Sioux Valley Dakota Nation declares state of emergency, calls for mental health resources after 4 deaths

A First Nation in southwestern Manitoba is declaring a state of emergency, after four of its community members have died by suicide in recent weeks.

In a public letter written to Indigenous Services Canada, the Sioux Valley Dakota Nation is asking for immediate assistance and money for more mental health resources. 

Jennifer Bone, the nation’s chief, said since last Saturday, three community members have taken their own lives. Prior to that, another person did the same — bringing the total number of deaths by suicide in the First Nation to four in the span of a month. 

The First Nation, 240 kilometres west of Winnipeg, has a population of approximately 2,600, with about 1,600 people living on-reserve, Bone said. 

“We’re grieving as a community. We feel the loss and and the grief within the community because it impacts everybody.” 

She said the deaths spread across a range of demographics. Two involved young mothers. The other two were a man in his 20s and a man in his 40s.

Sioux Valley Chief Jennifer Bone says her First Nation needs additional mental health workers and a long-term plan to address mental health issues in the community. (Submitted by Jennifer Bone)

In the letter to Indigenous Services Minister Marc Miller, Indigenous and Northern Relations Minister Eileen Clarke and Stephen Traynor, the regional director general of Indigenous Services Canada, Sioux Valley’s chief and council asked for funding to hire four more full-time mental health workers.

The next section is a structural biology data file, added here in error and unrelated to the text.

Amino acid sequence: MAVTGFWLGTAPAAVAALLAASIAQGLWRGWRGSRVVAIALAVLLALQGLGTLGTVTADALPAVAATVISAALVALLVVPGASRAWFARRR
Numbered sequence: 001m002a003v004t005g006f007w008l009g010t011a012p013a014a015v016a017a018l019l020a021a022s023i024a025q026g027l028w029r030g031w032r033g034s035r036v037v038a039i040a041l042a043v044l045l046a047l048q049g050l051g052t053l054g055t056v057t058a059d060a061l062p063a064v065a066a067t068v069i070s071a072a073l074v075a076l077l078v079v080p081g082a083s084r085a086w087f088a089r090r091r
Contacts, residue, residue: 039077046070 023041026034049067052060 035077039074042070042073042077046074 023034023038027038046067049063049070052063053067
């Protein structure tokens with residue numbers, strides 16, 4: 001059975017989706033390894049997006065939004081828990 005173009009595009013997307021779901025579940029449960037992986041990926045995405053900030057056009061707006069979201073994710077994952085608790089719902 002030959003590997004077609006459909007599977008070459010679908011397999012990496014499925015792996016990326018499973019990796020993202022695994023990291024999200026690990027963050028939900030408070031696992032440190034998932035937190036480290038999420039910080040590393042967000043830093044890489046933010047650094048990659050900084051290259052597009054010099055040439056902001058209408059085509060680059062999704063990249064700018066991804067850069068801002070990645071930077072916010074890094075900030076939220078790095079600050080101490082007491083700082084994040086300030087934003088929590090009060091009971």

It also calls on the federal government to provide additional support for the volunteer crisis team. 

“We want to see some support for our front-line staff that have been dealing with these suicides, the ones who are first on scene, who respond immediately from the community,” Bone said. 

Currently, there is only one mental health worker for the entire community. 

After contacting the regional office of Indigenous Services Canada, Bone was able to get another mental health worker in the community last week. She said another worker from Manitoba Keewatinowi Okimakanak’s crisis response team will be deployed on Tuesday — but these solutions are only temporary. 

“We want something that’s long-term, sustainable here within the community. Right now, the help being directed to us isn’t long-term,” Bone said.

Sioux Valley Dakota Nation is also asking Indigenous Services Canada and Crown-Indigenous Relations and Northern Affairs Canada for a plan that includes long-term solutions for the community. In the letter, it asked for a healing lodge that can address the ongoing impacts of colonization.

CBC contacted both Indigenous Services and Indigenous Relations and Northern Affairs for comment and did not receive a response by deadline. 


If you’re experiencing suicidal thoughts or having a mental health crisis, there is help out there. Contact the Manitoba Suicide Prevention and Support Line toll-free at 1-877-435-7170 (1-877-HELP170) or the Kids Help Phone at 1-800-668-6868. You can also text CONNECT to 686868 and get immediate support from a crisis responder through the Crisis Text Line, powered by Kids Help Phone.

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